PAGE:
Paul Wellman

Peaks and Valleys for S.B. Media

How 2012 Changed the Landscape of Area News Outlets

Thursday, January 3, 2013
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From various court cases to shutdowns and an untimely death, the past year was no “best of” for Santa Barbara news agencies, though there is plenty of hope for how this city of 90,000 gets its news.

Noozhawk, the online-only publication which celebrated its fifth anniversary in October, continues to grow, publisher William Macfadyen said, and is “on a trajectory to be sustainable over a long period.” The website hired Tom Bolton, a well-respected journalist formerly of the Santa Barbara News-Press and Santa Maria Times, to be its executive editor in April, and in November it announced that Kim Clark, who also worked at the News-Press for a stint, was coming on to head the sales side. The site — which this year saw a 40-percent increase in traffic from 2011, including a 65-percent increase in the last quarter — also hired another reporter to expand coverage to the North County. Looking back, Macfadyen said, “2012 was a very good year for Noozhawk.”

It wasn’t such a great year for the Santa Ynez Valley Journal or the Santa Barbara Daily Sound, which both shuttered in recent months. The Valley Journal — owned by rancher Nancy Crawford-Hall, who used the paper largely to further her own interests — was shut down “until we have a more reasonable government,” Crawford-Hall described in a farewell column, leaving the paper’s dozen or so employees out of jobs right before Christmas. She said the paper would be “hit hard with new taxes due to Obamacare” and would therefore be unable to pay reasonable salaries.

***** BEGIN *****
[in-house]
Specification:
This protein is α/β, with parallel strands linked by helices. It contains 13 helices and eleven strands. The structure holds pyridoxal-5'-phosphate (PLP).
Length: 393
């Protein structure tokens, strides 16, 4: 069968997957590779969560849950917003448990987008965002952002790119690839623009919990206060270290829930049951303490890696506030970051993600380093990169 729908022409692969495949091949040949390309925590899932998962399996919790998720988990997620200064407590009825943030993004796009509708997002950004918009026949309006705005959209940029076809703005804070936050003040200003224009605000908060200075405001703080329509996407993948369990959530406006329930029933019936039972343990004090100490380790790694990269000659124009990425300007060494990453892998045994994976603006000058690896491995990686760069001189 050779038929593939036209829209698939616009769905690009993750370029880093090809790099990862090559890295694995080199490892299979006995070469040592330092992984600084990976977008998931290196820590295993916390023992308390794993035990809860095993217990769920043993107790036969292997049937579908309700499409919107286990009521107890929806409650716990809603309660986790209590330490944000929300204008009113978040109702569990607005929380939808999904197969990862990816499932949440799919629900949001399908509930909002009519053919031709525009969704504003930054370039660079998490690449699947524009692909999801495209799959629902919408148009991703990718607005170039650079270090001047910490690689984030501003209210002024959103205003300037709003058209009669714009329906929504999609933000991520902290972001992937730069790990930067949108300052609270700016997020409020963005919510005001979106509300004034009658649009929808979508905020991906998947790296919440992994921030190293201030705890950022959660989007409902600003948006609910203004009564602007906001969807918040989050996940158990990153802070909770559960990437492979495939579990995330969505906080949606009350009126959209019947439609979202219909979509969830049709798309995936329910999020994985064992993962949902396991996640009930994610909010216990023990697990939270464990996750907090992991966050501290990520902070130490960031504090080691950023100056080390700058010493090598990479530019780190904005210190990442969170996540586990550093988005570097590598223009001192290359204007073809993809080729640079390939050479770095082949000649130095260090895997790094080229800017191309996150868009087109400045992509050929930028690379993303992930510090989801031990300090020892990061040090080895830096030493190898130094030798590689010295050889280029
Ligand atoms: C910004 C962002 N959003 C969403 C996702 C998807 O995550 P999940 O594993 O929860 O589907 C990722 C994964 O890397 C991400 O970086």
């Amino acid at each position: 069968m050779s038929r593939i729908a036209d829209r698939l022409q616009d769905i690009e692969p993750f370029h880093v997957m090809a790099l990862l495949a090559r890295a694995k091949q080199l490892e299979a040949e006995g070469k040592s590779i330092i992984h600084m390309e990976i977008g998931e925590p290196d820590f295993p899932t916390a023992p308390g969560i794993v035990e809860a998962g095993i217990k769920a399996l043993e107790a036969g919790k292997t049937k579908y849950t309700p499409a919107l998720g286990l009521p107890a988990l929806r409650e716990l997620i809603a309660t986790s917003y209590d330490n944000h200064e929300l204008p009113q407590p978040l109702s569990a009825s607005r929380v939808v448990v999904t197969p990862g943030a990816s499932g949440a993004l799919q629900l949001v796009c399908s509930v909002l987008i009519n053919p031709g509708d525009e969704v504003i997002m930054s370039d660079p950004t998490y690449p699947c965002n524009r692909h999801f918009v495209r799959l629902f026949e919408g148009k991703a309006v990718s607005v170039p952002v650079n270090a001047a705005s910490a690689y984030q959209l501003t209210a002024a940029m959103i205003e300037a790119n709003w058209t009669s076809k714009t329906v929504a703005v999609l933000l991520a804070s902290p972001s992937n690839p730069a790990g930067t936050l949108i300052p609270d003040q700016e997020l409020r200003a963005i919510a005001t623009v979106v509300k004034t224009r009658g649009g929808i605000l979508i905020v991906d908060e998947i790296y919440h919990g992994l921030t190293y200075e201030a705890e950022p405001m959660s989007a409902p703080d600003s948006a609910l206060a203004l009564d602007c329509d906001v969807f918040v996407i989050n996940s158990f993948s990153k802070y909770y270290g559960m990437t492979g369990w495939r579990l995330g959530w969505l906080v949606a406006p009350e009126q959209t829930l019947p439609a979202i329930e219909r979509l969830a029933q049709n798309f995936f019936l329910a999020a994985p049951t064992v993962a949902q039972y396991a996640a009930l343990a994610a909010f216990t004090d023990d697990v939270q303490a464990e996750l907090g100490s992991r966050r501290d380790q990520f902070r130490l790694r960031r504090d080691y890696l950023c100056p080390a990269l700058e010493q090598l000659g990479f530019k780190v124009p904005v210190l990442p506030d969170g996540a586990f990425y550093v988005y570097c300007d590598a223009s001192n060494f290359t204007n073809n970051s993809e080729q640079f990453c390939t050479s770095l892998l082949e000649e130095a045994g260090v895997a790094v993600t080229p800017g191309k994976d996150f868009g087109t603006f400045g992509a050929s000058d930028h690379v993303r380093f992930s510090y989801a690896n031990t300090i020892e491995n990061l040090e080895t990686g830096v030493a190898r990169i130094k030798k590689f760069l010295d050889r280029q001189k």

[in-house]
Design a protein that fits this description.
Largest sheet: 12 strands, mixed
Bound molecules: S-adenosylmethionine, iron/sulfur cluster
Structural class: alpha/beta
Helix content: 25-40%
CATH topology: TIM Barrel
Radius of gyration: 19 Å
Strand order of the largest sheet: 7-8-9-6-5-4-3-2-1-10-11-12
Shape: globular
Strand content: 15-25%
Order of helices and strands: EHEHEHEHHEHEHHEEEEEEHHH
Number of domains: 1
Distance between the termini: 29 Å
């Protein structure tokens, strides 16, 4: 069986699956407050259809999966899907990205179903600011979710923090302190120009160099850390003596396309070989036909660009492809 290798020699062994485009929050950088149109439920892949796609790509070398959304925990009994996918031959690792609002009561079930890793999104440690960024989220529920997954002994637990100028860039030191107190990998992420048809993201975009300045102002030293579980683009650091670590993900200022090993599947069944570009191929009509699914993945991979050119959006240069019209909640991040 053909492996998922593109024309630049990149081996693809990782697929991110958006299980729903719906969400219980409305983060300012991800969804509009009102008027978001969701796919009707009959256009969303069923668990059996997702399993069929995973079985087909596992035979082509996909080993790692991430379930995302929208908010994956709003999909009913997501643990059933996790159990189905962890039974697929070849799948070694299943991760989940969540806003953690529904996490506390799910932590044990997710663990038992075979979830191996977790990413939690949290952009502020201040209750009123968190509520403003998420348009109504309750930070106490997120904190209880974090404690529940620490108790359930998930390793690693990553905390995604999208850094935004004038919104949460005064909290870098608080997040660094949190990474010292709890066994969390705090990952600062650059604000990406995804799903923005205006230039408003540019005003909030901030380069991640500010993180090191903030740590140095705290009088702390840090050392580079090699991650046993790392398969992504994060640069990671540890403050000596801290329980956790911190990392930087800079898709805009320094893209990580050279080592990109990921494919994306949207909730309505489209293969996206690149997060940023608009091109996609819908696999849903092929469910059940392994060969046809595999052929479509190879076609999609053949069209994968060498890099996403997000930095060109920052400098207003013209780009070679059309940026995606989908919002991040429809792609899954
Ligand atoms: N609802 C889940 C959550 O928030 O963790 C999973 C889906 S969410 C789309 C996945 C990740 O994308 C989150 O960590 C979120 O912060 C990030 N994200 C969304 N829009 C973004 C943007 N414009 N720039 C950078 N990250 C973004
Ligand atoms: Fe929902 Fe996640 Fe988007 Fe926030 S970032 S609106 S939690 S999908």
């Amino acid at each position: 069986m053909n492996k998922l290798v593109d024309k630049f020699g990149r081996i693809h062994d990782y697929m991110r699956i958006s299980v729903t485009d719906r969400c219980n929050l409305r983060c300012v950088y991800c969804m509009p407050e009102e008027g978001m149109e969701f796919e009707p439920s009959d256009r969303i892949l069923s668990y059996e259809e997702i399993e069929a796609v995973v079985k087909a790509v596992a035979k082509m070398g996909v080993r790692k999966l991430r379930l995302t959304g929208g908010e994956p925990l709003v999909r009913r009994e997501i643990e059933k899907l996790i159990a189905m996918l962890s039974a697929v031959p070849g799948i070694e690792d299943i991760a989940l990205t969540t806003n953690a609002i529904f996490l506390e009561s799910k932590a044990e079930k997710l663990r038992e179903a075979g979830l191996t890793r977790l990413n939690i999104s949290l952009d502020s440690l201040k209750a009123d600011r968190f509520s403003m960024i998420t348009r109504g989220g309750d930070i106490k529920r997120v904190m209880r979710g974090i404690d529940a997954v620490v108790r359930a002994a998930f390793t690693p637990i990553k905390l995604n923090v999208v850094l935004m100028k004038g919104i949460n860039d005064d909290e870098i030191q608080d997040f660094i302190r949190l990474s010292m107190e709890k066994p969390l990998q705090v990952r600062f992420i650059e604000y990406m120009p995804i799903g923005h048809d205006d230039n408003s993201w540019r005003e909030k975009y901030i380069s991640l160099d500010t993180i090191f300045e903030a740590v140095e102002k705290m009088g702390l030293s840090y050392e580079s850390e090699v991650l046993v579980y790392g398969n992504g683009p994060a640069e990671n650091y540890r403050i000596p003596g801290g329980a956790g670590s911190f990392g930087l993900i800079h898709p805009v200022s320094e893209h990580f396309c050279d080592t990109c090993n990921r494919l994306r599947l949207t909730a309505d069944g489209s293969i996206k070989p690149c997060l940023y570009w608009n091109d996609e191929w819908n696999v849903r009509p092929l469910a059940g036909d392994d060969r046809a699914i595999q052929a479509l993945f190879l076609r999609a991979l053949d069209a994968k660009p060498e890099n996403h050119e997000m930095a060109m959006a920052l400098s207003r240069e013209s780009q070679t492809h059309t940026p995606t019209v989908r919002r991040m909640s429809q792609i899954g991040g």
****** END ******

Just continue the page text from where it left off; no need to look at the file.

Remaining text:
The Daily Sound, after six years in Santa Barbara, printed its last paper at the end of June and shut down for good weeks later. The five-days-a-week paper was founded in March 2006 by Jeramy Gordon (with this reporter as the first journalist writing there) and had impeccable timing, coming into town just as the News-Press imploded, leading to the departure of dozens of reporters with decades of experience.

Speaking of the News-Press, a federal appellate court overturned a decision by the National Labor Relations Board that the paper must hire back several reporters it fired in the aftermath of the meltdown at the newspaper. The decision means the end of the road for the fired employees, who argued the actions for which they were fired were protected as part of union organizing. The decision was one of just a few victories owner Wendy McCaw has had against the former employees, but it was a very big and important one.

The Santa Barbara Independent has been no stranger to internal wrangling, as employees anxiously wait for the resolution of a lawsuit between the paper’s editor and publisher. Not much has happened since a superior court judge ruled in October 2011 in Editor in Chief Marianne Partridge’s favor in her lawsuit against Publisher Randy Campbell. Partridge filed suit against Campbell — who cofounded the paper more than 25 years ago and is the majority owner — to compel him to sell his shares to her. He had sought to sell his shares to another company, which invoked the other owners’ rights of first refusal, the court ruled.

Campbell appealed that judgment. The two sides have fully briefed their arguments to a state appellate court and await the scheduling of a date for the court to hear oral arguments, according to attorneys for both sides. Oral arguments are expected to be heard early this year, and the court will render an opinion sometime after that.

The Independent was recently joined by another weekly in town, the Santa Barbara Sentinel, which had its 13th issue hit newsstands December 28 and takes a lighter look at the goings-on around town rather than report hard news. The paper’s publisher is Tim Buckley, who also publishes the Montecito Journal. In his most recent column, editor Matt Mazza said they hope to boost production and distribution as early as January. “We are healthy, strong even, heading into the New Year,” he wrote, “and we have lots of ideas and new content to bring as we grow.”